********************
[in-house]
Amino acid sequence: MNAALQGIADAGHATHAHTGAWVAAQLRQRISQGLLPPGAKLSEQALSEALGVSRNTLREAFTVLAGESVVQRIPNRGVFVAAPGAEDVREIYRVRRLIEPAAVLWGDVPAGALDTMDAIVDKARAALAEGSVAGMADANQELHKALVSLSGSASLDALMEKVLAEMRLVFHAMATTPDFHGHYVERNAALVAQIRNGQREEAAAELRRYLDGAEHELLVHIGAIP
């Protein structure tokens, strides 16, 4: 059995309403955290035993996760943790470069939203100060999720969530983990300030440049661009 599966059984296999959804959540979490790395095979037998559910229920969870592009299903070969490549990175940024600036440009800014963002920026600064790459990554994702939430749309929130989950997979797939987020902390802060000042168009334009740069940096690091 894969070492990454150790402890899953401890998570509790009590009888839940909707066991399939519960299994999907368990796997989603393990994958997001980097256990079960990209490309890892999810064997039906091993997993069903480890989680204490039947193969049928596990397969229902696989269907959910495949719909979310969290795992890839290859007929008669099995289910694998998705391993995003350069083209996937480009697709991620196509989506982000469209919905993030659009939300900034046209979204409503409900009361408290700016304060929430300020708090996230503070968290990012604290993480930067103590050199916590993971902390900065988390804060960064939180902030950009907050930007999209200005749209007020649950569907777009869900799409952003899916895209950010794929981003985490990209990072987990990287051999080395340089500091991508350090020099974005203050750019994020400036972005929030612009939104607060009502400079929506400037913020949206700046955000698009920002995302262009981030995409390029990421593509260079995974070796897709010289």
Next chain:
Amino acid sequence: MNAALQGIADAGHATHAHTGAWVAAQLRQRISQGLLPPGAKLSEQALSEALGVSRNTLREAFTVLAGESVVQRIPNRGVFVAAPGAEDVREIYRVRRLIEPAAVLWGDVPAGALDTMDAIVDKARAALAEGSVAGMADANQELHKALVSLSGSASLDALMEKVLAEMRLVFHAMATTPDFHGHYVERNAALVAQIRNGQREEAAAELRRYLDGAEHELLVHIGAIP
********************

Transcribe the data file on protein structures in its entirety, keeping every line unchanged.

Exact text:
[in-house]
Amino acid sequence: MNAALQGIADAGHATHAHTGAWVAAQLRQRISQGLLPPGAKLSEQALSEALGVSRNTLREAFTVLAGESVVQRIPNRGVFVAAPGAEDVREIYRVRRLIEPAAVLWGDVPAGALDTMDAIVDKARAALAEGSVAGMADANQELHKALVSLSGSASLDALMEKVLAEMRLVFHAMATTPDFHGHYVERNAALVAQIRNGQREEAAAELRRYLDGAEHELLVHIGAIP
């Protein structure tokens, strides 16, 4: 059995309403955290035993996760943790470069939203100060999720969530983990300030440049661009 599966059984296999959804959540979490790395095979037998559910229920969870592009299903070969490549990175940024600036440009800014963002920026600064790459990554994702939430749309929130989950997979797939987020902390802060000042168009334009740069940096690091 894969070492990454150790402890899953401890998570509790009590009888839940909707066991399939519960299994999907368990796997989603393990994958997001980097256990079960990209490309890892999810064997039906091993997993069903480890989680204490039947193969049928596990397969229902696989269907959910495949719909979310969290795992890839290859007929008669099995289910694998998705391993995003350069083209996937480009697709991620196509989506982000469209919905993030659009939300900034046209979204409503409900009361408290700016304060929430300020708090996230503070968290990012604290993480930067103590050199916590993971902390900065988390804060960064939180902030950009907050930007999209200005749209007020649950569907777009869900799409952003899916895209950010794929981003985490990209990072987990990287051999080395340089500091991508350090020099974005203050750019994020400036972005929030612009939104607060009502400079929506400037913020949206700046955000698009920002995302262009981030995409390029990421593509260079995974070796897709010289």
Next chain:
Amino acid sequence: MNAALQGIADAGHATHAHTGAWVAAQLRQRISQGLLPPGAKLSEQALSEALGVSRNTLREAFTVLAGESVVQRIPNRGVFVAAPGAEDVREIYRVRRLIEPAAVLWGDVPAGALDTMDAIVDKARAALAEGSVAGMADANQELHKALVSLSGSASLDALMEKVLAEMRLVFHAMATTPDFHGHYVERNAALVAQIRNGQREEAAAELRRYLDGAEHELLVHIGAIP